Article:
Gas detectors are sensitive devices that can be affected by environmental conditions. There are times when a gas sample to be analyzed exists within a hostile environment, with temperatures that are too extreme for direct sensor placement. The sensor might also be placed within a location that is too dusty or inconvenient to be monitored by a diffusion sensor. In these cases, extractive gas sampling is a better and more reliable method for the detection system.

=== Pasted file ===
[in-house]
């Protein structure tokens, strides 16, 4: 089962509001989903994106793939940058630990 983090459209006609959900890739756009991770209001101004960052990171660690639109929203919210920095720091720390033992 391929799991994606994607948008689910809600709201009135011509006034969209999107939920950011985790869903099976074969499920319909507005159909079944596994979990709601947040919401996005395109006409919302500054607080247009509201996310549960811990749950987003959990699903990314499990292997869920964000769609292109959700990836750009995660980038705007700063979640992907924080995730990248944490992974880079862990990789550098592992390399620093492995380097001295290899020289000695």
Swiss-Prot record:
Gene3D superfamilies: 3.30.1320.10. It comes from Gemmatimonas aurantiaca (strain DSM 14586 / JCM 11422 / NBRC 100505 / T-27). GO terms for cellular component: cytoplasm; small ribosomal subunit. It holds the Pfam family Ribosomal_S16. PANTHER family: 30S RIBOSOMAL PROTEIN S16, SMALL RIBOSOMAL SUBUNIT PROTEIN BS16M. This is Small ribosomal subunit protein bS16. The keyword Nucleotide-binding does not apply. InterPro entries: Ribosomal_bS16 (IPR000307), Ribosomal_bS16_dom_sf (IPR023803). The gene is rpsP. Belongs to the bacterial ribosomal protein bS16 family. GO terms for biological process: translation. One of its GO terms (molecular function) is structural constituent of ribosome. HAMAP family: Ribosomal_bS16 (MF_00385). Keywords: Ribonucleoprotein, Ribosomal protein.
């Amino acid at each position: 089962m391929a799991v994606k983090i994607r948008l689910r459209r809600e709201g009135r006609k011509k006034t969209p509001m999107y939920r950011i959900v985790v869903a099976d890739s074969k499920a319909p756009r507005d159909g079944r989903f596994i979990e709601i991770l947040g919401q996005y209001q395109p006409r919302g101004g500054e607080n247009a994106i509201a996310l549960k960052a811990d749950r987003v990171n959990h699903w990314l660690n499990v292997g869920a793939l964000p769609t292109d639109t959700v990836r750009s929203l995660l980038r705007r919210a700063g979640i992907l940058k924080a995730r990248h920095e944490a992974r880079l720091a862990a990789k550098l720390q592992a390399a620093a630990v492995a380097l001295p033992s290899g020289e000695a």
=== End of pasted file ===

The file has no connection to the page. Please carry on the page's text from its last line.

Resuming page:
In order to produce an accurate, reliable gas reading, conditions must be controlled at the sensor. Many times when doing extractive gas sampling, a sample must be tempered before it can be introduced to the gas detector. If a very hot or very cold sample is directly applied to sensitive electronics, detector instability may result. In addition, if the sample is very hot and must be cooled, condensing fluid may be an issue to be resolved before the sample enters the actual flow system. This paper specifically discusses gas sample temperature conditioning.
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